With staffing shortages still hitting many hospitality and leisure businesses both here in Newport East and across the UK, last week I wrote to the Secretary of State for the Home Department to ask:
What assessment she has made of the potential merits of extending access to temporary visas to staff working in the hospitality sector?
In reply, I was referred to the answer to a similar question I put to the Secretary of State back last year, which doesn’t really offer any help in terms of short-term staffing pressures.
“The Points Based System provides for several occupations within the hospitality and tourism sectors, including chefs, publicans, restaurant managers and hotel managers to be recruited on a global basis, subject to the requirements of the system, including English language and salary, thresholds being met.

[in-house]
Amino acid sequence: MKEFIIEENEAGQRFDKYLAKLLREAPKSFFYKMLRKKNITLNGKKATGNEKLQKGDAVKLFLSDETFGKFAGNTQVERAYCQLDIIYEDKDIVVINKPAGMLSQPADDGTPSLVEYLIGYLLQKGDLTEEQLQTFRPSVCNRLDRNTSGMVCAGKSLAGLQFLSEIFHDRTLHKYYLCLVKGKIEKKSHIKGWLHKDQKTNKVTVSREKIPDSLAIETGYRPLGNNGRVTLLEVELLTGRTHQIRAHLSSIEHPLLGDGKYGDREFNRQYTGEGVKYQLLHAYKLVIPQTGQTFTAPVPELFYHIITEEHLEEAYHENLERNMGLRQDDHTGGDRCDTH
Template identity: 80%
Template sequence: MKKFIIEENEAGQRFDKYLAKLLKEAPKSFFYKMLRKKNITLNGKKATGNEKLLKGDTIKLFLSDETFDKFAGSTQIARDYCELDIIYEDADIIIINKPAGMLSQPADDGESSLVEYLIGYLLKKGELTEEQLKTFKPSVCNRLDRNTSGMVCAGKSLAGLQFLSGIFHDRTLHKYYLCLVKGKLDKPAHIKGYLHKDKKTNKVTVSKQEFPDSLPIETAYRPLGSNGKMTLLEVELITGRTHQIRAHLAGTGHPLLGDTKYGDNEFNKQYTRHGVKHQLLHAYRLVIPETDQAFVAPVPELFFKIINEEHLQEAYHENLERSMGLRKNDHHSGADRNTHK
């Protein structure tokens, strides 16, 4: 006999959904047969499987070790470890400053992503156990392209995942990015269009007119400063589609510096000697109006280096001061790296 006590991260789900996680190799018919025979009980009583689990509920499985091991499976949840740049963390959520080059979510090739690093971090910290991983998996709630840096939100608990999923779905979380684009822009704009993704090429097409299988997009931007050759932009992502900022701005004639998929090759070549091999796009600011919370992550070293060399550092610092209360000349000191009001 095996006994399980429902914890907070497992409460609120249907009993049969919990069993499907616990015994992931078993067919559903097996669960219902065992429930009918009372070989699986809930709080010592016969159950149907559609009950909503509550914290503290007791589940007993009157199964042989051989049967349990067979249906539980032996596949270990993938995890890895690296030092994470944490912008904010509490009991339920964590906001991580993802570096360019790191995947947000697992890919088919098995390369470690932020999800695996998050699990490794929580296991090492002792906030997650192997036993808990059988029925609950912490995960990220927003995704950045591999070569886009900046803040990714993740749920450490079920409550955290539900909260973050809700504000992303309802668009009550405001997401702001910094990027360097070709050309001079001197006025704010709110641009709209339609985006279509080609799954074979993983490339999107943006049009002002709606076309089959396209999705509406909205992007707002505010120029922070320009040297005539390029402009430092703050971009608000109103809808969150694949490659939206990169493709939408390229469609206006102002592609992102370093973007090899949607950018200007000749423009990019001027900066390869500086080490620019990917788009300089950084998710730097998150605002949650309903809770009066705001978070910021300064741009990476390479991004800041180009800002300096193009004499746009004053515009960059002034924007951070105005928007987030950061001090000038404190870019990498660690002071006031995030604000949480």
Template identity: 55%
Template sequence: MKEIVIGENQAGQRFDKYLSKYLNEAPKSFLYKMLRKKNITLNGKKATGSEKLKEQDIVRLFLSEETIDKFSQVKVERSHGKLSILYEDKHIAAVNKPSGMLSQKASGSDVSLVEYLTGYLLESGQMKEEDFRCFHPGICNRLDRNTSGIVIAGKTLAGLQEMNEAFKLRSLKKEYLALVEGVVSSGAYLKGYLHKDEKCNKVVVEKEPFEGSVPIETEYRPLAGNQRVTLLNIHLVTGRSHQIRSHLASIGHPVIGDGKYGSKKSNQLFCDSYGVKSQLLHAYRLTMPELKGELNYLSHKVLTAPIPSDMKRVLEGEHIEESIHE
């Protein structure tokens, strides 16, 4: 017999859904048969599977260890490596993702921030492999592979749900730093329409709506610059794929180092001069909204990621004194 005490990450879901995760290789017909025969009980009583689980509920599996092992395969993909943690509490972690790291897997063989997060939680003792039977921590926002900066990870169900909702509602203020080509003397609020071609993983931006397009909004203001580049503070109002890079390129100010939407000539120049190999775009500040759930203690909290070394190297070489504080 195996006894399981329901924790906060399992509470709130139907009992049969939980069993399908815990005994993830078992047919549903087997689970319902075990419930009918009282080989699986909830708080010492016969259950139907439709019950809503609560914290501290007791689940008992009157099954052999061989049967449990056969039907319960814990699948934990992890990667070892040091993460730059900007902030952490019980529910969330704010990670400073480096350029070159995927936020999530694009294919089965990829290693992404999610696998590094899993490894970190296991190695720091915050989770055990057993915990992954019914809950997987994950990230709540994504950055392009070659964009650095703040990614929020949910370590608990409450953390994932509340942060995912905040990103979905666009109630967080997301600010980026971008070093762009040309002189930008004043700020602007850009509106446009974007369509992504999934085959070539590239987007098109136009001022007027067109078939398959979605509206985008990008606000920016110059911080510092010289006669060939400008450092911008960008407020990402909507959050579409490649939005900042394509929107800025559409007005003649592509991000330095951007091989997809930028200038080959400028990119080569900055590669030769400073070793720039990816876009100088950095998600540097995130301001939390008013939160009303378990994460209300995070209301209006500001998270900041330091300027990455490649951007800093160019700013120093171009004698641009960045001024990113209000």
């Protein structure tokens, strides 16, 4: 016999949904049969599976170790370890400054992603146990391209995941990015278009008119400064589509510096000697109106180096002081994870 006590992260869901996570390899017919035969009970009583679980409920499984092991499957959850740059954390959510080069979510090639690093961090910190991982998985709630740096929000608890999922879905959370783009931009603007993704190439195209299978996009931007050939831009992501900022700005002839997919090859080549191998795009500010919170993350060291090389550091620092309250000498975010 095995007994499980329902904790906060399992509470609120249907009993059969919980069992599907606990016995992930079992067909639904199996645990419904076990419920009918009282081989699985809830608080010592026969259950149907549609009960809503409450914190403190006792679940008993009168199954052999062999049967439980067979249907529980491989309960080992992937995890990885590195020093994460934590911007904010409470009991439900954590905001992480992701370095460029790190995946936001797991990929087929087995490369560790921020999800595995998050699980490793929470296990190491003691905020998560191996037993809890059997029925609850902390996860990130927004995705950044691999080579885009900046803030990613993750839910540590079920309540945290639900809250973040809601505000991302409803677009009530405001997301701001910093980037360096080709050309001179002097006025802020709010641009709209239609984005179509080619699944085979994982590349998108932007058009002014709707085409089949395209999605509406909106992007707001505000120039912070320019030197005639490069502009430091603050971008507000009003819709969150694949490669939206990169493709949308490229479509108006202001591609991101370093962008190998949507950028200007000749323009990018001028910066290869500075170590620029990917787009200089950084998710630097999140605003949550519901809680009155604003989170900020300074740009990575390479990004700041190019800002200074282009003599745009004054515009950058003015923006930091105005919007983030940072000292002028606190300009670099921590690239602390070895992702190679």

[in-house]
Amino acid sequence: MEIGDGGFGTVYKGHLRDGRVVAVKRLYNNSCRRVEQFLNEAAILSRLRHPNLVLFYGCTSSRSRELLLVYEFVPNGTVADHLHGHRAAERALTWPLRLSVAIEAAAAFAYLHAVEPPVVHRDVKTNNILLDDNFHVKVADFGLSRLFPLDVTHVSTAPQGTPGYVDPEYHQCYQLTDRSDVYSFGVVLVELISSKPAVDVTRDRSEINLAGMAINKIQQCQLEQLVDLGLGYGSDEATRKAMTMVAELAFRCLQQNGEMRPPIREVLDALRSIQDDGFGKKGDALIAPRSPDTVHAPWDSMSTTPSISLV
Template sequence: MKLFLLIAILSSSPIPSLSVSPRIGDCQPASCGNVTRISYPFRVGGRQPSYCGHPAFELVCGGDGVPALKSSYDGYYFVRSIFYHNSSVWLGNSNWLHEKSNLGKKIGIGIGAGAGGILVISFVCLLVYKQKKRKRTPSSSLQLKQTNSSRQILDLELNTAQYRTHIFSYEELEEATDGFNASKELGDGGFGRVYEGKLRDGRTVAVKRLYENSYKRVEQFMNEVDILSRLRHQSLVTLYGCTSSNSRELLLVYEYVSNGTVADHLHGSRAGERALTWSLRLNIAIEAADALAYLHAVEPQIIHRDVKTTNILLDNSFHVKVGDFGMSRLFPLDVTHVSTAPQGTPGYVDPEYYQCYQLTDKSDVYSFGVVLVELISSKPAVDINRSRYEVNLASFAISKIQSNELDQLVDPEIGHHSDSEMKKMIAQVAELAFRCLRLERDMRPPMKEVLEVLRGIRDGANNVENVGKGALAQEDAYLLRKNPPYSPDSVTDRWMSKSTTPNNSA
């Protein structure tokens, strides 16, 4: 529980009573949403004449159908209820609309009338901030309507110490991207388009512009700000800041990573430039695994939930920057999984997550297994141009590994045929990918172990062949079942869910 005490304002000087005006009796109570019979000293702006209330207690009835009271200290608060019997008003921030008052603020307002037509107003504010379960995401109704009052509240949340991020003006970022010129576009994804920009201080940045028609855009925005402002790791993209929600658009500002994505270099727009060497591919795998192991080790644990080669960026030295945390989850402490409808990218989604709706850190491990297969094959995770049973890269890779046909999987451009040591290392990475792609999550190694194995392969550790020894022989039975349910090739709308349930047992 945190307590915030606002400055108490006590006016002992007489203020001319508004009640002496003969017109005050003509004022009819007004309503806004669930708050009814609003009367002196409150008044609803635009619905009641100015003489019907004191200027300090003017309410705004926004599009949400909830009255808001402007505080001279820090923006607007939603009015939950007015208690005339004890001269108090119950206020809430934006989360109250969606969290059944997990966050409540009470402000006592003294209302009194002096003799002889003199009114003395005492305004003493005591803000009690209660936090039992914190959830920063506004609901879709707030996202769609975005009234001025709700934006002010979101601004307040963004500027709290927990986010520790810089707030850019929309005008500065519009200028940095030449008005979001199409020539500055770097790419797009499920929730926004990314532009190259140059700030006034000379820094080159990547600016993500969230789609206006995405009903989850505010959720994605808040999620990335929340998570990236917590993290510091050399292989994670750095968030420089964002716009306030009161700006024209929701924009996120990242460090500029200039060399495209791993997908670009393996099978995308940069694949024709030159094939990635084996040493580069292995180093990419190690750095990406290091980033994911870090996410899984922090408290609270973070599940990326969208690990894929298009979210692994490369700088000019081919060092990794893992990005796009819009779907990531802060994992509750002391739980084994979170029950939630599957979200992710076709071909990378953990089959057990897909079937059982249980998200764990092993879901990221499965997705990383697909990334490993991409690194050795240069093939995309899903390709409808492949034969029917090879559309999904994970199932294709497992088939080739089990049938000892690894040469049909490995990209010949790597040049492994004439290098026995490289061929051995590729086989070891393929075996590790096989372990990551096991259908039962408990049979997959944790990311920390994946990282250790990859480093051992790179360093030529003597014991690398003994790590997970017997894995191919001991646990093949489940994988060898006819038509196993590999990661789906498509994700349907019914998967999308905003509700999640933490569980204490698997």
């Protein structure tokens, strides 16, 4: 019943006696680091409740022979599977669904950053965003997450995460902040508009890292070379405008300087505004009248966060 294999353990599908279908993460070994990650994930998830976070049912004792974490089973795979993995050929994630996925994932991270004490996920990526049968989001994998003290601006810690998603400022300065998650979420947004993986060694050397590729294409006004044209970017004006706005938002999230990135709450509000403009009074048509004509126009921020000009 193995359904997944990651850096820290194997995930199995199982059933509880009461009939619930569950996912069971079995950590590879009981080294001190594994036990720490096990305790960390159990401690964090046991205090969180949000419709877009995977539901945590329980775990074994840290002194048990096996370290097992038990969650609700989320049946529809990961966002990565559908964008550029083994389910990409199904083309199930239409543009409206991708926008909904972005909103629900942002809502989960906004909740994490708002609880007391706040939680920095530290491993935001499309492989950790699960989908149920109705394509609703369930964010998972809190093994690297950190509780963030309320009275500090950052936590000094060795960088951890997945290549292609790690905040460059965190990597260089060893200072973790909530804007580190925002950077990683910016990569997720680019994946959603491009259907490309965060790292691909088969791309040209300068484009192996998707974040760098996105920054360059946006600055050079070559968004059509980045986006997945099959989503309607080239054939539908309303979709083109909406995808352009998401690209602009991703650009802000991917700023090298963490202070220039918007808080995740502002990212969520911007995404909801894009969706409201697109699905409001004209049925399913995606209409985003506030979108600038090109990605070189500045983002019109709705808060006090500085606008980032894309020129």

Beyond the Points Based System, there is the existing UK labour market, which includes those who come to the UK through our Youth Mobility Schemes (which we are looking to expand), our new British National (Overseas) visa for those from Hong Kong, dependants of those arriving under the expanded skilled worker route, as well as over 6 million applications under the EU Settlement Scheme and those who arrive through our family and humanitarian protection routes, who all have access to the UK labour market.
We therefore do not intend to introduce a general immigration route allowing recruitment at or near the minimum wage in occupations with relatively short work-based training requirements.
Most of the solutions to recruitment issues need to be driven by industry, with a big push towards improving pay, conditions and diversity needed, alongside taking advantage of the schemes offered by Department for Work and Pensions to support employers looking to recruit, rather than turning to the Home Office for immigration policy changes as an alternative to doing this.”